Our Mission

The environmental deposition of nitrogen used in food production and from fossil fuel combustion exceeds the amounts of biologically fixed nitrogen in terrestrial or marine ecosystems1. Most of the human nitrogen depositions are industrially produced nitrogen fertilizers. Without their application, less than 50% of the current global population would have enough food2. A downside of industrialized agriculture is that enormous amounts of ammonium from synthetic fertilizers and manure enter the nitrogen cycle via nitrification. As a result, the nitrogen cycle has reached a high-risk level of perturbation3. Consequences are the eutrophication of ground- and surface waters, dead zones in marine and freshwater systems, and a massive loss of biodiversity. In this precarious situation, management strategies are needed to ensure a more efficient use of fertilizers and to reduce emissions of the highly potent greenhouse gas N2O, a by-product of nitrogen cycle processes including nitrification.

These important measures to secure the health of our planet are hampered by surprisingly large gaps in our fundamental understanding of the microbiology of nitrification. This is best illustrated by the surprising discovery of comammox bacteria, global players in nitrification that were undetected for more than a century of research4-7. The identification of comammox has raised pressing questions about the biochemistry, physiology, and ecology of these organisms8 - questions that are a true challenge for research, because comammox are elusive bacteria and escape most attempts to grow them under laboratory conditions.

In the Comammox Research Platform we will investigate key aspects of comammox biology, taking advantage of the broad diversity of scientific disciplines at the University of Vienna. Selected key enzymes of comammox will be structurally and biochemically characterized. How does complete nitrification work in a single organism? What are mechanistic differences between comammox and canonical nitrifying microbes? The environmental impact of comammox will be studied by combining approaches from microbiology, chemistry, and ecosystem science. How much do comammox bacteria contribute to nitrification in soils and sewage treatment plants? Does their activity cause environmentally relevant N2O emissions? Our aim is to achieve an encompassing picture of comammox bacteria over different scales, which range from details of their unique molecular machinery to their roles within microbial communities and ecosystems.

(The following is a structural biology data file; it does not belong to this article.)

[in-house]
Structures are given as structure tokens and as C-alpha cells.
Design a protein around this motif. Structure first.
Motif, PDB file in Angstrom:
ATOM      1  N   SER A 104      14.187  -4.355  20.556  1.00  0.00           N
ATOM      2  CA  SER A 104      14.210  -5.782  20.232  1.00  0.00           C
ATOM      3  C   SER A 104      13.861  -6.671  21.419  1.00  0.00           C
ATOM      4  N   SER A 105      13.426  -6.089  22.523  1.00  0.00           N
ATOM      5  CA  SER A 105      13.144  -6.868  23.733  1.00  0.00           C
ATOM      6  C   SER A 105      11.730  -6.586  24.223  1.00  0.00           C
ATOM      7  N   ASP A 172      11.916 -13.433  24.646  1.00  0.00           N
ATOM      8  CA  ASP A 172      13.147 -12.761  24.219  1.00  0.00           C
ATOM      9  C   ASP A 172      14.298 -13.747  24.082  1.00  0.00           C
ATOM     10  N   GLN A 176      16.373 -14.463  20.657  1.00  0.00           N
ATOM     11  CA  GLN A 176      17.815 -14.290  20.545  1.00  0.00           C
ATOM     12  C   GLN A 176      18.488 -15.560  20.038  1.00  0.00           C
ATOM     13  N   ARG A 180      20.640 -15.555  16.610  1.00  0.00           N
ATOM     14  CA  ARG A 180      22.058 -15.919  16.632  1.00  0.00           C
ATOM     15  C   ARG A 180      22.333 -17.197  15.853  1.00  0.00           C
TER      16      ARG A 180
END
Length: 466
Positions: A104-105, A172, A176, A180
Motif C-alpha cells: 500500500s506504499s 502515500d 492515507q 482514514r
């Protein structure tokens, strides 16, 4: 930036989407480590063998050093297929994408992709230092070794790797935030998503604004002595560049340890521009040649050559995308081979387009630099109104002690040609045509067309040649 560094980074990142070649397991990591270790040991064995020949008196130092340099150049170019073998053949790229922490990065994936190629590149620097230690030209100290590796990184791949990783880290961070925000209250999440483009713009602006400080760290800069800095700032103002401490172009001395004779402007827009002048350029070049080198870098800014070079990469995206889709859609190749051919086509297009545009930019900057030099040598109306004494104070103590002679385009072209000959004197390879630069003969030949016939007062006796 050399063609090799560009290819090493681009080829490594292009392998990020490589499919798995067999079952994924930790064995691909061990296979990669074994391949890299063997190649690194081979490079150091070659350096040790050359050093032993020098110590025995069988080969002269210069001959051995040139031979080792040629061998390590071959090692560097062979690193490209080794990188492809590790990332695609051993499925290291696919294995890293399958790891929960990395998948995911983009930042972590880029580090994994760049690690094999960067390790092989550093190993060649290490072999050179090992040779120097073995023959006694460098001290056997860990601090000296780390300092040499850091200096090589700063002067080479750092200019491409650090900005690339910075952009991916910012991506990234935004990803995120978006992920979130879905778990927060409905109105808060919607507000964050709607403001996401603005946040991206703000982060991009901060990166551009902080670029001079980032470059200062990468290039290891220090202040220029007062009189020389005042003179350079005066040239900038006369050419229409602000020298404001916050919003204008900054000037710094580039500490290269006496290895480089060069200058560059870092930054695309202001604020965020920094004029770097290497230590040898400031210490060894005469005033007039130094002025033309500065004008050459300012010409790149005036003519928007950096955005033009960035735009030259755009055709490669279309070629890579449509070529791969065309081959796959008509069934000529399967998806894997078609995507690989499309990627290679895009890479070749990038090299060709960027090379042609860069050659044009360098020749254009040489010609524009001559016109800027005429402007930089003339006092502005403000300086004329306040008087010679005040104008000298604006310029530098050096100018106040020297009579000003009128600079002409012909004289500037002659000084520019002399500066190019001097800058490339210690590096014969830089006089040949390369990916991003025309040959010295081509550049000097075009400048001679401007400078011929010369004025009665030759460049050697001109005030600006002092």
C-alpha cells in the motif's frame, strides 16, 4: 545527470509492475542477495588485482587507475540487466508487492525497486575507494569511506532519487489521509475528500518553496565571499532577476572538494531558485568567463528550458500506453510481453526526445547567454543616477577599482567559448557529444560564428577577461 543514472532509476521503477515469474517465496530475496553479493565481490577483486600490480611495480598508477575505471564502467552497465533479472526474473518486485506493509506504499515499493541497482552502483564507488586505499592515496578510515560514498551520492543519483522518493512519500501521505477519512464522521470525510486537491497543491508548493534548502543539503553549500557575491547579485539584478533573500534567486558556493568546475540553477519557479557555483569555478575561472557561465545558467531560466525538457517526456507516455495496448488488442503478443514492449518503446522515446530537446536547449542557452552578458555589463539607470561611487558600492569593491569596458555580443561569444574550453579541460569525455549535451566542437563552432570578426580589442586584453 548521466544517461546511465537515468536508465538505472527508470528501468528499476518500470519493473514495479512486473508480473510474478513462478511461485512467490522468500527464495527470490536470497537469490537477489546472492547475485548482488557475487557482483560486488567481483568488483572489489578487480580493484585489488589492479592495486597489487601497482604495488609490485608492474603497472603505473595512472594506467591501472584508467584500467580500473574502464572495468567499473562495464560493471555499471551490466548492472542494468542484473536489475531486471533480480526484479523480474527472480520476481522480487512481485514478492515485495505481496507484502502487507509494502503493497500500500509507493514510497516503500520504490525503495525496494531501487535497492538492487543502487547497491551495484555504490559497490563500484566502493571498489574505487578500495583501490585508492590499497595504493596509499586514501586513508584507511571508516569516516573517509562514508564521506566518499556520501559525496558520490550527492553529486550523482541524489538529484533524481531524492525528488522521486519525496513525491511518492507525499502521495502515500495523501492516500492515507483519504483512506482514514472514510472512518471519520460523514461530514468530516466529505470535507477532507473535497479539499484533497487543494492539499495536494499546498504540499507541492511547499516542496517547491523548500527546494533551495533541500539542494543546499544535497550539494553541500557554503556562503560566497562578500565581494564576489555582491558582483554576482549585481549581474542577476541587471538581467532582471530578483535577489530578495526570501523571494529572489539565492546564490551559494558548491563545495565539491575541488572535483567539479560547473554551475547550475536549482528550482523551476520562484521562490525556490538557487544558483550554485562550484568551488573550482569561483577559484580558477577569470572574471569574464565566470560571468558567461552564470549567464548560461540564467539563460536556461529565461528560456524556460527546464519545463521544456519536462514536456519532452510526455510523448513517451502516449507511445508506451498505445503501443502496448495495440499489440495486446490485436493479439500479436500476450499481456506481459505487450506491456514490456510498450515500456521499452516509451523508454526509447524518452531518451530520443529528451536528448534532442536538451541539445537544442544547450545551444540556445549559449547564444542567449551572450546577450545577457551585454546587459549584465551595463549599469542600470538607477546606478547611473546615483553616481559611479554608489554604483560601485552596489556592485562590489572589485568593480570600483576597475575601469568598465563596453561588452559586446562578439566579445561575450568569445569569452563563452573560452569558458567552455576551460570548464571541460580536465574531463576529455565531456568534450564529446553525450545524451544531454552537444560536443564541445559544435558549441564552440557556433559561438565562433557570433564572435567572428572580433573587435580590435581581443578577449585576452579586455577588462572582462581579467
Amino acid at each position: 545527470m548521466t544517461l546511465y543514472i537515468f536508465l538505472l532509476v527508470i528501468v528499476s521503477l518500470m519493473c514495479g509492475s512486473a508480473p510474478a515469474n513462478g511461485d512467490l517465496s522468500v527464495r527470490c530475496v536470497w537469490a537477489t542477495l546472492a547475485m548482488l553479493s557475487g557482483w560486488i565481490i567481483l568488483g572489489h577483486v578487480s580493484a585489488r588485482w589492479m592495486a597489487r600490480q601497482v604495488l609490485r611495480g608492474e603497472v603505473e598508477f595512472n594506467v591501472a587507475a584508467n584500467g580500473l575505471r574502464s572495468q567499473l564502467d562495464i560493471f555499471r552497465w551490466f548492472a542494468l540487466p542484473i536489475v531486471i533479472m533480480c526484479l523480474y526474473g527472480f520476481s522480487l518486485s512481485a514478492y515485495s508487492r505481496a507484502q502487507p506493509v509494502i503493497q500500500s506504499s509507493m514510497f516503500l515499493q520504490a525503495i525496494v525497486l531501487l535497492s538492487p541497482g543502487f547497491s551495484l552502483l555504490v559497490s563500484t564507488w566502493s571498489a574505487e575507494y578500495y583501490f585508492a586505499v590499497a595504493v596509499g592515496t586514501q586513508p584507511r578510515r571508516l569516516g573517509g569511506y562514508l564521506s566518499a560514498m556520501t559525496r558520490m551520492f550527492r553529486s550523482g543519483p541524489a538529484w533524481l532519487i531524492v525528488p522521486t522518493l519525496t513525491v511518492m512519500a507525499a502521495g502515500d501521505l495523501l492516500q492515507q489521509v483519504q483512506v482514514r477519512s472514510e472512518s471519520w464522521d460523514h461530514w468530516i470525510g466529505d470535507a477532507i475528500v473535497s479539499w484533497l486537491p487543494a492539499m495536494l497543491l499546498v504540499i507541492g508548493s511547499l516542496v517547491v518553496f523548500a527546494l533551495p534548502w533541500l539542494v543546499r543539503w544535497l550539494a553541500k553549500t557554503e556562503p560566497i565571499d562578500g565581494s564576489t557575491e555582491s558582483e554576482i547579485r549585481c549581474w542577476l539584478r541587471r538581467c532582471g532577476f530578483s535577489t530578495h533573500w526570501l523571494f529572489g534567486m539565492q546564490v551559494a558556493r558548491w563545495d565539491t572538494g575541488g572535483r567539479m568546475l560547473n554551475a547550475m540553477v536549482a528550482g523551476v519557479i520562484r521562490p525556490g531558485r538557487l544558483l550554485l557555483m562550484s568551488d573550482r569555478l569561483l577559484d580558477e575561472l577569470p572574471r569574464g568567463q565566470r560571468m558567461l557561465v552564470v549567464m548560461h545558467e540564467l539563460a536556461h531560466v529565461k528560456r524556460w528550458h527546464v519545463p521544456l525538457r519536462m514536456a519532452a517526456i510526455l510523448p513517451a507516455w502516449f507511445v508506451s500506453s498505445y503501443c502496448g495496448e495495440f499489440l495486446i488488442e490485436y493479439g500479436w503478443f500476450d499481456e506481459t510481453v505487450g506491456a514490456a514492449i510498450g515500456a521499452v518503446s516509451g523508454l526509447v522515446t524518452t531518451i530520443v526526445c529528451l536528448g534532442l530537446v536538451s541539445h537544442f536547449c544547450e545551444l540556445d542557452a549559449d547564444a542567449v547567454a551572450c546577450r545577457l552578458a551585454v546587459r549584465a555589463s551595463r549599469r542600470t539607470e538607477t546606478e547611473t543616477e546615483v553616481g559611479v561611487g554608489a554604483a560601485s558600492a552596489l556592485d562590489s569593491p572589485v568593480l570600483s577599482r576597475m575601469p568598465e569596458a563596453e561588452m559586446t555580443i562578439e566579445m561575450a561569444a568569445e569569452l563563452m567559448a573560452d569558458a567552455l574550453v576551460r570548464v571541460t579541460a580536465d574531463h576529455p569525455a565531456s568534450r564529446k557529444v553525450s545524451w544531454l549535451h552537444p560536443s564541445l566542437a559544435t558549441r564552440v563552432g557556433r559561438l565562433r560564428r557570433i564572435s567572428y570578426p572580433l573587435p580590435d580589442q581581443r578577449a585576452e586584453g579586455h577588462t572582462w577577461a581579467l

Cited Literature

1. Canfield et al., Science 330: 192-196 (2010).
2. Erisman et al., Nat. Geosci. 1: 636-639 (2008).
3. Steffen et al., Science 347: 1259855 (2015).
4. Daims et al., Nature 528: 504-509 (2015).
5. van Kessel et al., Nature 528: 555-559 (2015).
6. Pjevac et al., Front. Microbiol. 8: 1508 (2016).
7. Kits et al., Nature 549: 269-272 (2017).
8. Daims et al., Trends Microbiol. 24: 699-712 (2016).